An unofficial strike of 60 machine shop men that has cost the British Motor Corporation car production valued at about £700,000 was called off at the corporation’s tractor and transmission branch at Ward End here today.
The men, who walked out without warning last week in protest against the transfer of their shop steward to another department, agreed to return to work tomorrow to allow the normal procedure for discussion to be followed, a management official said. The dispute once again illustrates the way in which the tractor and transmission men can exert a stranglehold on all B.M.C. production by unofficial strike action.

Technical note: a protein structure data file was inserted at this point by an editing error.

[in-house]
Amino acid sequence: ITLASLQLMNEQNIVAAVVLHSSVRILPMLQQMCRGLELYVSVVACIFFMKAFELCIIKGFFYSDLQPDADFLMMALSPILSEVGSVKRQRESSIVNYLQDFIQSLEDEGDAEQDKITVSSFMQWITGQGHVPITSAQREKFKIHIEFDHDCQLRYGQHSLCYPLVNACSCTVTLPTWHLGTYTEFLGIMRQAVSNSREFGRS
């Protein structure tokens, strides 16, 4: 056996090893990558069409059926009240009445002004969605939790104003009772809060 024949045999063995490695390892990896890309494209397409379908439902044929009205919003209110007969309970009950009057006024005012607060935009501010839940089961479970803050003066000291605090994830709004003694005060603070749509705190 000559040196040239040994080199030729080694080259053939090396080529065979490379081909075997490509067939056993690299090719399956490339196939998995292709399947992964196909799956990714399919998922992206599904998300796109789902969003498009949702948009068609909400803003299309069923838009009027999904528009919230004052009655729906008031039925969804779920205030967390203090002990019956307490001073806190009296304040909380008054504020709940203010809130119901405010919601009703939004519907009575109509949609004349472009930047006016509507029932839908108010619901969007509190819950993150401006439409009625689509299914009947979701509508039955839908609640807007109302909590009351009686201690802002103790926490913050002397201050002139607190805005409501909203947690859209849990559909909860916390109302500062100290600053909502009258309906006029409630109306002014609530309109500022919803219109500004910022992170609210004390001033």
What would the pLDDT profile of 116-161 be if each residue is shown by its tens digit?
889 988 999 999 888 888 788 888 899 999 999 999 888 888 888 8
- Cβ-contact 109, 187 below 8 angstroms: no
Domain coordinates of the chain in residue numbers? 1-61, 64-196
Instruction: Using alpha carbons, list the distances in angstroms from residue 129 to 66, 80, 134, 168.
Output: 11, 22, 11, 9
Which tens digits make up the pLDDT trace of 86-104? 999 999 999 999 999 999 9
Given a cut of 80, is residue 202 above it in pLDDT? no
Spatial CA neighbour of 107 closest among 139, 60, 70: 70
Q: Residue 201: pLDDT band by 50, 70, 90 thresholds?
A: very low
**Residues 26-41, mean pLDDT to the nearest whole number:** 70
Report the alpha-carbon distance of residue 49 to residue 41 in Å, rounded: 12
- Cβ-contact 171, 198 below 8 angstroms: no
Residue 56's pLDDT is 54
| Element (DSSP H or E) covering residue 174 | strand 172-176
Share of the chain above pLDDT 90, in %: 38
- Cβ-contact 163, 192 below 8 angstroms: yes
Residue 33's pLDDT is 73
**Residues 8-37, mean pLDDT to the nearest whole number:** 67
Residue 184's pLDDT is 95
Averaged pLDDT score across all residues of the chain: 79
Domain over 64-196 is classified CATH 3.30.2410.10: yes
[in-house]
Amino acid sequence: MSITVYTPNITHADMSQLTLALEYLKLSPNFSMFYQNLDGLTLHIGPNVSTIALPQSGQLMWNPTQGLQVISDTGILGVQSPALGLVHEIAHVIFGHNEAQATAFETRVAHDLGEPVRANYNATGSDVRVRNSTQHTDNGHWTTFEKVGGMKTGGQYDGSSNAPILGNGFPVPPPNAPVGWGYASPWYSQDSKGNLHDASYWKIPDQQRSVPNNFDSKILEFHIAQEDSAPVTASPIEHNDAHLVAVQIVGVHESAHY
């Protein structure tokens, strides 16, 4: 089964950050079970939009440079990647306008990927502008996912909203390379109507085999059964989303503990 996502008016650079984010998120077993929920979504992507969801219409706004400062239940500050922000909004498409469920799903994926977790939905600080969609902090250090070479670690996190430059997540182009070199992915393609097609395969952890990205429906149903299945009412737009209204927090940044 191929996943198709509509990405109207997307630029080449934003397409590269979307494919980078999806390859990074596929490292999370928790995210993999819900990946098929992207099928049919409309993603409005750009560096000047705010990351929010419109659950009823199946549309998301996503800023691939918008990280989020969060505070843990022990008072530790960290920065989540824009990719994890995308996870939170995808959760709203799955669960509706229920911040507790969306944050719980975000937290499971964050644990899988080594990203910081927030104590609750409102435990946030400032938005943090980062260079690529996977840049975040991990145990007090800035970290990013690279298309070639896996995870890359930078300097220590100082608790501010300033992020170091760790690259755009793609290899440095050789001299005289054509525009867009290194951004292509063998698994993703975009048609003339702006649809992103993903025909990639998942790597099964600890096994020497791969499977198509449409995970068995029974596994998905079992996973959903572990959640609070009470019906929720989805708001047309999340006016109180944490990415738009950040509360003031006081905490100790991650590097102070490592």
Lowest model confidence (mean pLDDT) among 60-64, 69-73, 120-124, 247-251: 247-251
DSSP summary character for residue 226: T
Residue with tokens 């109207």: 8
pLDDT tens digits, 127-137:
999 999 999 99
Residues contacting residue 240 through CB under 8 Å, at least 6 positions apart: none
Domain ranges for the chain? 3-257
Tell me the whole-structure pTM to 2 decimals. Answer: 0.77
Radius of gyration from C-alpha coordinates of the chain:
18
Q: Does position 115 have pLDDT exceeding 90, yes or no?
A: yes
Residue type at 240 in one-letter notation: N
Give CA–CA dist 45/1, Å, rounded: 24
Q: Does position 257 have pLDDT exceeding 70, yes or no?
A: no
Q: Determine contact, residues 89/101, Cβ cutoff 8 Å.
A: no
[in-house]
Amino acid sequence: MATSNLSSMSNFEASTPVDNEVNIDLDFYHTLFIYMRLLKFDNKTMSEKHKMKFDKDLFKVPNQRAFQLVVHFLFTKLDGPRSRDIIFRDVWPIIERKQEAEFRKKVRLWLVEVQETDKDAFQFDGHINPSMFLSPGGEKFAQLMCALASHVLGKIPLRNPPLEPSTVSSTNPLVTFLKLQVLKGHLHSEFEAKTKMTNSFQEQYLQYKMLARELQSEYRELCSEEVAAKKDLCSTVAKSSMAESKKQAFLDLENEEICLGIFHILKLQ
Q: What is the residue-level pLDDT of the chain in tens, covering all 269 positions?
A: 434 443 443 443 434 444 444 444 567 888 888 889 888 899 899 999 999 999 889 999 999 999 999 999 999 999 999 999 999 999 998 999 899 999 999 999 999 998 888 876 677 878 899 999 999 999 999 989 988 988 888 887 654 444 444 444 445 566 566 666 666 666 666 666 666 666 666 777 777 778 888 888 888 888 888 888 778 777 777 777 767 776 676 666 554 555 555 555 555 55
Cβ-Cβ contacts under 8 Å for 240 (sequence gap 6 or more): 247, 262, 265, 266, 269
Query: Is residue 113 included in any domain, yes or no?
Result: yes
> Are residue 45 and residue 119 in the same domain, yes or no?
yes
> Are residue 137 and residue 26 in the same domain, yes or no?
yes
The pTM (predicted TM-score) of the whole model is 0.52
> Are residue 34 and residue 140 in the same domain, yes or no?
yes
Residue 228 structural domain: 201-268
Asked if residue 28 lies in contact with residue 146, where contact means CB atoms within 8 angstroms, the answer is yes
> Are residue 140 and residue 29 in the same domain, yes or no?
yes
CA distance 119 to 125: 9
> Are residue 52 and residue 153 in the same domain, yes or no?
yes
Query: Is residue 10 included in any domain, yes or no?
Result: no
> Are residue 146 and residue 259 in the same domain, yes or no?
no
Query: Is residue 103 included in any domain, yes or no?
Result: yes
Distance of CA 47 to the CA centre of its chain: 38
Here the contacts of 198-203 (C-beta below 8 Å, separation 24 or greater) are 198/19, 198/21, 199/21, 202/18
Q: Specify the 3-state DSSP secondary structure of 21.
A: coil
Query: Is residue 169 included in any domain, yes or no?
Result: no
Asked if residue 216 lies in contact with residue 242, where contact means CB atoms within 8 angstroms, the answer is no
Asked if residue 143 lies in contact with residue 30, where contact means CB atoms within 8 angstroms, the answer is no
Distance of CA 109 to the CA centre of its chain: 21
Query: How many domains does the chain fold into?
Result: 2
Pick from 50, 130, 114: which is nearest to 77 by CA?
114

Production of 1,300 vehicles was lost at a time when the factory is working full out to meet heavy home and oversea demands and reduce the dealers’ waiting lists for new cars.
More than 2,000 Austin workers were laid off to-day because of the dispute and there was no work tonight for another 1,500 men, about half the night shift. The factory is expected to resume normal working tomorrow.
The Rover/Standard Triumph merger talks break down.
- The cars : Innocenti Mini 90/120 (P53) development story - 4 March 2021
- Concepts and prototypes : MG Rover RDX60 (2000-2005) - 1 March 2021
- Opinion : Triumph’s missed supermini opportunity - 1 March 2021